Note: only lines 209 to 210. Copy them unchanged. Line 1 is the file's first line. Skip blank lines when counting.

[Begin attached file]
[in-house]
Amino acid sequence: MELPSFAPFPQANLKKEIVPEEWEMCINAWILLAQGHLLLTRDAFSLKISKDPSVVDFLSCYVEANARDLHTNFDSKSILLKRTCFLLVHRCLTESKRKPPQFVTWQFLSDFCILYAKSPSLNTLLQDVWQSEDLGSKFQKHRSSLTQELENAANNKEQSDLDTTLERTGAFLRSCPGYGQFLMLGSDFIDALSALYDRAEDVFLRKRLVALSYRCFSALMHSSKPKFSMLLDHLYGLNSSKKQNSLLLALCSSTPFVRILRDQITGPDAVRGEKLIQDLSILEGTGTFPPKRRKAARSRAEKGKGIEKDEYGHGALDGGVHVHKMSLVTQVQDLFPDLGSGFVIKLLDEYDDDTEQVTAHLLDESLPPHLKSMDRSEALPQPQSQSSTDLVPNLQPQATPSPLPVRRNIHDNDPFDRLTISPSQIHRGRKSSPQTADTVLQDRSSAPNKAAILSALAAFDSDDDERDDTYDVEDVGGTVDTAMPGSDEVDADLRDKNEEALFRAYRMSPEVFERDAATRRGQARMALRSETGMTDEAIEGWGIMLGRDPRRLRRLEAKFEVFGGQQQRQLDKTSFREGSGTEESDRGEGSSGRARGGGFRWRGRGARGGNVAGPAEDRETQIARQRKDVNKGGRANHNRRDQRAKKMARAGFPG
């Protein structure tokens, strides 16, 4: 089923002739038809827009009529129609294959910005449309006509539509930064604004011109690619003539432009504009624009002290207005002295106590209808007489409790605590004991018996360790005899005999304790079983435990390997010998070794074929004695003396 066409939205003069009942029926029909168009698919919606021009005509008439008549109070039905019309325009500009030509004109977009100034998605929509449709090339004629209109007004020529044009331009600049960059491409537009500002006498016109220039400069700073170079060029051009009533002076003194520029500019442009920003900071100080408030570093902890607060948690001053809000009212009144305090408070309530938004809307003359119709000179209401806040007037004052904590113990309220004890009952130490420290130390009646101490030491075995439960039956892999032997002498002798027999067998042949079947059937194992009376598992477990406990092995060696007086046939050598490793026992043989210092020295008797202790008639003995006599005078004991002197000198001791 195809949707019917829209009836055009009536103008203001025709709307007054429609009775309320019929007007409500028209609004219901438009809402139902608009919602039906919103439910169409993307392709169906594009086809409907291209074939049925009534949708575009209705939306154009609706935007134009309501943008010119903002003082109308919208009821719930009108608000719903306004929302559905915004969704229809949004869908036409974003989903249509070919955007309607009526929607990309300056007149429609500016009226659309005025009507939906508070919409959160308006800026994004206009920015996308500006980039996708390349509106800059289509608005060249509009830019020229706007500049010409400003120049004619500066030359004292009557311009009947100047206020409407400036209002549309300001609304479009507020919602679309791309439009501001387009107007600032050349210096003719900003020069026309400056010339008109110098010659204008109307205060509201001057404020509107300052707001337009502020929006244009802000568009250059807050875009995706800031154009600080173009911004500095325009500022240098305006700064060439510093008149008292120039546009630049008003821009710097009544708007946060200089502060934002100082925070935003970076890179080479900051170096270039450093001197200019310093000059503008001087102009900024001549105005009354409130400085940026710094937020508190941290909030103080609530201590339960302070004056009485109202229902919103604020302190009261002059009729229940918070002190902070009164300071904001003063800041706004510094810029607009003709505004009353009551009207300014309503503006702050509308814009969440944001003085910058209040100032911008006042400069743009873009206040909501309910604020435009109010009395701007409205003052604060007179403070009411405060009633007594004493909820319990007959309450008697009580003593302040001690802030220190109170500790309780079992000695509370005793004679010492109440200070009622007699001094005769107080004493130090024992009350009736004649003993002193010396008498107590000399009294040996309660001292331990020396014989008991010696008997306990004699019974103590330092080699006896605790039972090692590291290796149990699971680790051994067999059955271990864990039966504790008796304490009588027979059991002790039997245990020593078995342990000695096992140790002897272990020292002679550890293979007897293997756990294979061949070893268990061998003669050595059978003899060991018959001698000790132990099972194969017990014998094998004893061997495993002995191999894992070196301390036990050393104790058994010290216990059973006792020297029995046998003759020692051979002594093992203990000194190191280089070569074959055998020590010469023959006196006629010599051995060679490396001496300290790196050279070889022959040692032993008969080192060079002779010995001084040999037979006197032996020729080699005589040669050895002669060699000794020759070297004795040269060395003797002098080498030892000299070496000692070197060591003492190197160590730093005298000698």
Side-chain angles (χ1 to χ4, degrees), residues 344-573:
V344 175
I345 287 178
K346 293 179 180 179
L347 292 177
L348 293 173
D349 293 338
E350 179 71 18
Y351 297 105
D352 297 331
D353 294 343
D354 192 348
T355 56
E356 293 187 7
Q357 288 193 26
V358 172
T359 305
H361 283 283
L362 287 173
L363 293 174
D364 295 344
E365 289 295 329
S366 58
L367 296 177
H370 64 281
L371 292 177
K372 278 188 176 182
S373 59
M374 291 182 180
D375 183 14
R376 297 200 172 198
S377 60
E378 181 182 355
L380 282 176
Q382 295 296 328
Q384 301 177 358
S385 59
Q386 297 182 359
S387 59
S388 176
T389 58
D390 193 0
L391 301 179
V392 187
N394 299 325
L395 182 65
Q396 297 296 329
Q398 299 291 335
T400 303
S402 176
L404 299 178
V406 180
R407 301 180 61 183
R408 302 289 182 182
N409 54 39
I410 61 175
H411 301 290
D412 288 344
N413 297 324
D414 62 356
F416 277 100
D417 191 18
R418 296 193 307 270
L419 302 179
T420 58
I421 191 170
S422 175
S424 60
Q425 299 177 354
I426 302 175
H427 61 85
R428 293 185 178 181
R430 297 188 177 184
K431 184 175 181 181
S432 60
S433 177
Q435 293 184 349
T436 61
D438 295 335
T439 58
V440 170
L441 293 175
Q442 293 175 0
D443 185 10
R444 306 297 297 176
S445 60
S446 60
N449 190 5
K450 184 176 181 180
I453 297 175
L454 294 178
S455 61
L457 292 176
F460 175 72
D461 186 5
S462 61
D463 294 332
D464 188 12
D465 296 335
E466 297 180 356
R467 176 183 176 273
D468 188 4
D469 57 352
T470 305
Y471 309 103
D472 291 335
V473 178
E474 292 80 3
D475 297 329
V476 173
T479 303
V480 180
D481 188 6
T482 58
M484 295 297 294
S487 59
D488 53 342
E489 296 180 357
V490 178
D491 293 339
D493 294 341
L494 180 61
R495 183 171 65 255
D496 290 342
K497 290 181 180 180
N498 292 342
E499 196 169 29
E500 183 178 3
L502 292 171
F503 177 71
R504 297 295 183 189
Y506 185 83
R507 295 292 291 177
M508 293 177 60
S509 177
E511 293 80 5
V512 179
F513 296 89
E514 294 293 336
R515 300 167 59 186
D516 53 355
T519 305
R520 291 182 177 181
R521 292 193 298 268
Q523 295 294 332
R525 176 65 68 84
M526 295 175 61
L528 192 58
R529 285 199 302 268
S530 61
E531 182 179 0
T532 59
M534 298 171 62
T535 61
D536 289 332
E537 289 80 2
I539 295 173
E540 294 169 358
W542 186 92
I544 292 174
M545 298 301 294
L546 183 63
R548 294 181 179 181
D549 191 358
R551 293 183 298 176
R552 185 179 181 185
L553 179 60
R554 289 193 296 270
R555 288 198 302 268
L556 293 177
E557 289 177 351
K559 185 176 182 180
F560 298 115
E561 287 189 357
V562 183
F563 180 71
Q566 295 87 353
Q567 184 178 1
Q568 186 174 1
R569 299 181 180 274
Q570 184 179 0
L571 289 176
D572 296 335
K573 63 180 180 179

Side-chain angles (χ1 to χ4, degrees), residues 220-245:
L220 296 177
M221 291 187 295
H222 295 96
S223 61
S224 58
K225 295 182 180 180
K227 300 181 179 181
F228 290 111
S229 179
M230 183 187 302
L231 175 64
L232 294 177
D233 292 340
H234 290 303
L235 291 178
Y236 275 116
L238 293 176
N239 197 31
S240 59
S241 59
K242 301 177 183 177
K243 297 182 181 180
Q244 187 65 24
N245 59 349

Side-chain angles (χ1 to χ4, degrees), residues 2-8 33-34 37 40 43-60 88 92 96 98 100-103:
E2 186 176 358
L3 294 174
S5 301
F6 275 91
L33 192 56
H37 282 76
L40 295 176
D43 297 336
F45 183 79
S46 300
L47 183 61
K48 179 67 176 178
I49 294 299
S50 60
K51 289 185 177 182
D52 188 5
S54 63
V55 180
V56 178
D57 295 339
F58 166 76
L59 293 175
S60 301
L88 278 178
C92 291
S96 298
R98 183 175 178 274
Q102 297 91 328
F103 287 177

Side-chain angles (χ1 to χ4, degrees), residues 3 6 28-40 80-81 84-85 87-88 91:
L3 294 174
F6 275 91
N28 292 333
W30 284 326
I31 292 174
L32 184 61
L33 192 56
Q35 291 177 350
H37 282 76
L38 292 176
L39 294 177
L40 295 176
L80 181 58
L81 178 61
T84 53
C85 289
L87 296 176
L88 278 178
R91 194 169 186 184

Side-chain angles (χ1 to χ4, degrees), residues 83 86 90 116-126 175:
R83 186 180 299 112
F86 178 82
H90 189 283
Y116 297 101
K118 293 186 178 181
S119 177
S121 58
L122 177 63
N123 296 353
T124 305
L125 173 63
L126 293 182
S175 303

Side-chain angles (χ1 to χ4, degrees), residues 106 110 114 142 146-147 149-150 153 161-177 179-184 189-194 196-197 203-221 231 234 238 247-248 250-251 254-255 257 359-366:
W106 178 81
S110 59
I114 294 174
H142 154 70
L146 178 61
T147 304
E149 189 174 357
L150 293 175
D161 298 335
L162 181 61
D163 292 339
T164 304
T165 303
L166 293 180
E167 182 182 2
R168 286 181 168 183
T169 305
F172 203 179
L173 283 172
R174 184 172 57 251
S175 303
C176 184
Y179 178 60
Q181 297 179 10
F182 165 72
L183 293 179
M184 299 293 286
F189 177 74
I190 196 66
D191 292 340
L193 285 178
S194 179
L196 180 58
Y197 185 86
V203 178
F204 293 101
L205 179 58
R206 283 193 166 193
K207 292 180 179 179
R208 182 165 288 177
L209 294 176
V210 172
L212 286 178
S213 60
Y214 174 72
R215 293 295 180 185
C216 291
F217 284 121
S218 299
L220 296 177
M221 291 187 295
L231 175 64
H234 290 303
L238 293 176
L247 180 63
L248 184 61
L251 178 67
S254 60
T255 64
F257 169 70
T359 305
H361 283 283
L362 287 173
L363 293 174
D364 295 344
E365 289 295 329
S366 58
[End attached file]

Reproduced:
K242 301 177 183 177
K243 297 182 181 180